NASA SBIR 2014 Solicitation

FORM B - PROPOSAL SUMMARY


PROPOSAL NUMBER: 14-2 H2.03-9718
PHASE 1 CONTRACT NUMBER: NNX14CC39P
SUBTOPIC TITLE: Nuclear Thermal Propulsion (NTP)
PROPOSAL TITLE: Superconducting Electric Boost Pump for Nuclear Thermal Propulsion

SMALL BUSINESS CONCERN (Firm Name, Mail Address, City/State/Zip, Phone)
Florida Turbine Technologies, Inc.
1701 Military Trail, Suite 110
Jupiter, FL 33458 - 7887
(561) 427-6337

PRINCIPAL INVESTIGATOR/PROJECT MANAGER (Name, E-mail, Mail Address, City/State/Zip, Phone)
Tim Miller
TMiller@fttinc.com
1701 Military Trail, Suite 110
Jupiter, FL 33458 - 7887
(561) 427-6350

CORPORATE/BUSINESS OFFICIAL (Name, E-mail, Mail Address, City/State/Zip, Phone)
Lloyd Mazer
LMazer@fttinc.com
1701 Military Trail, Suite 110
Jupiter, FL 33458 - 7887
(561) 427-6337

Estimated Technology Readiness Level (TRL) at beginning and end of contract:
Begin: 3
End: 6

Technology Available (TAV) Subtopics
Nuclear Thermal Propulsion (NTP) is a Technology Available (TAV) subtopic that includes NASA Intellectual Property (IP). Do you plan to use the NASA IP under the award?
No

TECHNICAL ABSTRACT (Limit 2000 characters, approximately 200 words)
Design, fabrication, assembly and test of the Florida Turbine Technologies, Inc. (FTT) concept for a submersible, superconducting electric boost pump during Phase II will transition the pairing of superconducting motor and high performance pump technology for use in liquid hydrogen (LH2) from TRL 3 to TRL 6. This innovative solution offers significant performance and operability benefits to future nuclear thermal and conventional chemical propulsion powered cryogenic in-space and upper stage systems. FTT's submersible superconducting electric motor driven liquid hydrogen (LH2) boost pump combines a high performance hydrogen pump inducer along with an electric motor drive using active speed modulation to maintain constant discharge pressure with up to 55% vapor at the inlet. The LH2 environment enables an energy dense superconducting motor that is precisely controlled.

This approach substantially reduces the risk of cavitation in the main pump and enables the downstream high speed turbopump to be operated at optimum efficiency with much reduced pressures in the propellant tank. Utilization of the low-cost, near-zero NPSHr electric boost pump permits considerable tank weight savings (as much as 40% for the NTP Mars Mission). The concept also offers significant operability and vehicle performance advantages for new cryogenic upperstage vehicles using conventional chemical propulsion engines.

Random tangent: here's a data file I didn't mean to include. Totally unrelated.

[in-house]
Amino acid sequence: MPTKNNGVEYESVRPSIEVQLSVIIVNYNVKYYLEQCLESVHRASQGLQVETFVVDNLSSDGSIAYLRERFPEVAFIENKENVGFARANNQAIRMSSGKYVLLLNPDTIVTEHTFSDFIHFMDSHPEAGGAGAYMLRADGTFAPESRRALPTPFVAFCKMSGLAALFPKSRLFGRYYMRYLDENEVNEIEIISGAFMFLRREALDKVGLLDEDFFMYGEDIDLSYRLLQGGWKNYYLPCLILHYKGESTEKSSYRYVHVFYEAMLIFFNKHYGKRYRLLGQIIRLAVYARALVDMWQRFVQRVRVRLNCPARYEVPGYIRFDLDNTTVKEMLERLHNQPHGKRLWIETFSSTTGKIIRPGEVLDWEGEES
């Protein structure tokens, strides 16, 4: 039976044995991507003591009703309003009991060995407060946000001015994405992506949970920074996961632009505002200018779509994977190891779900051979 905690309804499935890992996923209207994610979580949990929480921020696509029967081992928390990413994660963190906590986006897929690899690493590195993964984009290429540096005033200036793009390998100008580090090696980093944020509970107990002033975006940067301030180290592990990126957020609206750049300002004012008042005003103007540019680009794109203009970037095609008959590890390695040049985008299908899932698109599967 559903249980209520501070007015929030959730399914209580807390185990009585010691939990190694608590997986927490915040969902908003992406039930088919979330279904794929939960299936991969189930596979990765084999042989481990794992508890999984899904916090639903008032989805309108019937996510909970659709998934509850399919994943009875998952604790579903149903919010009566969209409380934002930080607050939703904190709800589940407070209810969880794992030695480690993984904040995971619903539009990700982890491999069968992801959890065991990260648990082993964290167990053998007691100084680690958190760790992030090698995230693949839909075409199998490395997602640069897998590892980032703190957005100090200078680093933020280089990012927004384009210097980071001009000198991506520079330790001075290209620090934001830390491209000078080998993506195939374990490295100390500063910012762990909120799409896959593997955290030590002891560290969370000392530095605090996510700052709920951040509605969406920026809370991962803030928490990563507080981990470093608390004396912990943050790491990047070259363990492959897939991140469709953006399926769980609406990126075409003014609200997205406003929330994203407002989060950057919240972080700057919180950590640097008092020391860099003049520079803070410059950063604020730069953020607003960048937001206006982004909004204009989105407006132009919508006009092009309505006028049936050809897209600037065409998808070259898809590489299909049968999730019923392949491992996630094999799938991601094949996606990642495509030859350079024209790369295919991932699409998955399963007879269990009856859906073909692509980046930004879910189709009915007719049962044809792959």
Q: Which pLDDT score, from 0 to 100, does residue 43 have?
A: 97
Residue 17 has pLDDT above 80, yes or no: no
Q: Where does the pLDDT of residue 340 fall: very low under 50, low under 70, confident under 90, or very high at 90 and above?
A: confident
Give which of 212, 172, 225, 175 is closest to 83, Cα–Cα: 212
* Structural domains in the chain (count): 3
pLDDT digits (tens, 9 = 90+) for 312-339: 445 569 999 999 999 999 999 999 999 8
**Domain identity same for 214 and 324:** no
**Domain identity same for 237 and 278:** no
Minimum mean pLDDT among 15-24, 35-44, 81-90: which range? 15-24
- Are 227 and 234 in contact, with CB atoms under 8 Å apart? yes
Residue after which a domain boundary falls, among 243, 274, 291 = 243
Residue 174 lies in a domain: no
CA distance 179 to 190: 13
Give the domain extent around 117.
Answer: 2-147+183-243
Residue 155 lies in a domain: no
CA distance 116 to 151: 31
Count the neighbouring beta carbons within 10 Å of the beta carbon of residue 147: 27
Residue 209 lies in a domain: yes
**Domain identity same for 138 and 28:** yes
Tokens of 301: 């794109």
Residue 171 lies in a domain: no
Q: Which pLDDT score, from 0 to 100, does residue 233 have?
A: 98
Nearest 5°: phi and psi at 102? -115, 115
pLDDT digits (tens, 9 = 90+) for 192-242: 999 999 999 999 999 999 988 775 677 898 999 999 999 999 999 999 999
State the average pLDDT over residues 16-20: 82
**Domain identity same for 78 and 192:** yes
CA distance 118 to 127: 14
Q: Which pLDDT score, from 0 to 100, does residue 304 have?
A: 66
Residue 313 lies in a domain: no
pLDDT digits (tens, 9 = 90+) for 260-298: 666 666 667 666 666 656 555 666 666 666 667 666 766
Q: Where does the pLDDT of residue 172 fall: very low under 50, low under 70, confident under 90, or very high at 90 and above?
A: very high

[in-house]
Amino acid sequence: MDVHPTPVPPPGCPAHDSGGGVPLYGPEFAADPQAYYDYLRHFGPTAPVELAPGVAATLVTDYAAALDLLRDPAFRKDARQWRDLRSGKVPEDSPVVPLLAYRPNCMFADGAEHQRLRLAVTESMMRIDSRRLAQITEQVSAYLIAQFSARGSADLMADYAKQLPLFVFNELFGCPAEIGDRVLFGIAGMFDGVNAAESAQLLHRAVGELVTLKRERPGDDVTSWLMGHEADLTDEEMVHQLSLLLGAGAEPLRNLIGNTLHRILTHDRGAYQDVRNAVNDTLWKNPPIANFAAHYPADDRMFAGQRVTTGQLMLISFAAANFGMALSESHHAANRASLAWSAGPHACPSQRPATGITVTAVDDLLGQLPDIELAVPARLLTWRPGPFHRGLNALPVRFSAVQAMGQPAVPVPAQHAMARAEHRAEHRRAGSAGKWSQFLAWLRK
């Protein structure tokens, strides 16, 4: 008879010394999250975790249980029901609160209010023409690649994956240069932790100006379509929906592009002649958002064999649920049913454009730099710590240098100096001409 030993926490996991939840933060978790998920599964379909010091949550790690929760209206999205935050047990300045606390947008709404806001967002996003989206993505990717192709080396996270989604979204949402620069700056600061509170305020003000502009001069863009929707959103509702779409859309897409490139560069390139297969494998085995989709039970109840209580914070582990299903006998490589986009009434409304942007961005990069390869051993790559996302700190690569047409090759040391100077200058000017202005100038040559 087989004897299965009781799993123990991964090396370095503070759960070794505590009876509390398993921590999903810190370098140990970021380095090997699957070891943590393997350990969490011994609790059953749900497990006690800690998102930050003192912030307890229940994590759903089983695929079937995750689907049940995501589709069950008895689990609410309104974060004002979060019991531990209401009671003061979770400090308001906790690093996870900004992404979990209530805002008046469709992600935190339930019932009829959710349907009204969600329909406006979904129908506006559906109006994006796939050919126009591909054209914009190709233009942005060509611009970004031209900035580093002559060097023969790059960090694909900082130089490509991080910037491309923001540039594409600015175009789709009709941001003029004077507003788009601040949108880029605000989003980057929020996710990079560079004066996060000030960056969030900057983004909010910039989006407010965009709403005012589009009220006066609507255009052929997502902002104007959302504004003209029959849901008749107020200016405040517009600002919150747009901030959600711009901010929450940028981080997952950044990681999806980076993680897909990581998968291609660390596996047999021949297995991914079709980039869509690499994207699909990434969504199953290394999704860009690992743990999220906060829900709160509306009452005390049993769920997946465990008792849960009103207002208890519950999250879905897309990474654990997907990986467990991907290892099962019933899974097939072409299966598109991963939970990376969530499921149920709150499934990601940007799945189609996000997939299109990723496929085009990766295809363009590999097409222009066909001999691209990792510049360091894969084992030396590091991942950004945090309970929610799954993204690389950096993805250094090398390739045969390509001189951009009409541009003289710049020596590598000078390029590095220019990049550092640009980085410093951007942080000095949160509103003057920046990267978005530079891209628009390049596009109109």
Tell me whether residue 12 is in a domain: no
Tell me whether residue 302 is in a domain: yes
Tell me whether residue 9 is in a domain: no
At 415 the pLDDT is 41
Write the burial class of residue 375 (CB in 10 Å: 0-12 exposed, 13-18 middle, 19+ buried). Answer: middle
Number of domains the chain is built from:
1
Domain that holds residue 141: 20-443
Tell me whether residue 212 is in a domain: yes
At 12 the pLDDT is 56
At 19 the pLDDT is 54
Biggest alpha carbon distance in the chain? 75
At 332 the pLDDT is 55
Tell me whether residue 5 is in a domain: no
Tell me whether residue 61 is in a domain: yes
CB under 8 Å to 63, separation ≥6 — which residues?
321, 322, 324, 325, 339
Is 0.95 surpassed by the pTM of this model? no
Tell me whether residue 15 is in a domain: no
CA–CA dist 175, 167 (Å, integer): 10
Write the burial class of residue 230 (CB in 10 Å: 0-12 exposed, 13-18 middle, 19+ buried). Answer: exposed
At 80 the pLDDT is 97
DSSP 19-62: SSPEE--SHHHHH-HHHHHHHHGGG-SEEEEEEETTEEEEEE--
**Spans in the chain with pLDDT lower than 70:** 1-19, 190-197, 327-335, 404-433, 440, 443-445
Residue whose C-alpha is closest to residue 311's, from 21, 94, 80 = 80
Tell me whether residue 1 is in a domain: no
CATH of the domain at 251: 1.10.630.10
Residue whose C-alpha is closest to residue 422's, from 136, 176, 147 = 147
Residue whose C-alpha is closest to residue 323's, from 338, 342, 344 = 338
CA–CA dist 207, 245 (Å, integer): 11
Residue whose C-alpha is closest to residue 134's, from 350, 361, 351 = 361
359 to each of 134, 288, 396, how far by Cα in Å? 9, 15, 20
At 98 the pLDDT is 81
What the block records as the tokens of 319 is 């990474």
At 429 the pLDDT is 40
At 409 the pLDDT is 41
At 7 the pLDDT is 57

POTENTIAL NASA COMMERCIAL APPLICATIONS (Limit 1500 characters, approximately 150 words)
NASA applications for the technology developed under this SBIR include low heat leak cryogenic circulators and transfer pumps for propellant depot, upper stage engine recirculation pumps, and cryogenic stage boost pumps, including the NTP application. Additional applications for this technology include small, light-weight, cryogenic; Hydrogen, Methane, Oxygen propellant boost pumps for chemical rocket engine applications as well as propellant loading ground support equipment.

POTENTIAL NON-NASA COMMERCIAL APPLICATIONS (Limit 1500 characters, approximately 150 words)
Potential Non-NASA commercial applications of the technology developed under this SBIR include any boost pump application for cryogenic upper stages to increase main pump NPSP margins and/or reduce tank pressurization requirements to reduce system weight. Ground based refueling station applications to transfer liquid natural gas from the storage tank to the vehicle tank.

TECHNOLOGY TAXONOMY MAPPING (NASA's technology taxonomy has been developed by the SBIR-STTR program to disseminate awareness of proposed and awarded R/R&D in the agency. It is a listing of over 100 technologies, sorted into broad categories, of interest to NASA.)
Actuators & Motors
Cryogenic/Fluid Systems
Fuels/Propellants
Machines/Mechanical Subsystems
Processing Methods
Space Transportation & Safety
Spacecraft Design, Construction, Testing, & Performance (see also Engineering; Testing & Evaluation)
Spacecraft Instrumentation & Astrionics (see also Communications; Control & Monitoring; Information Systems)
Spacecraft Main Engine
Superconductance/Magnetics

Form Generated on 04-14-15 17:14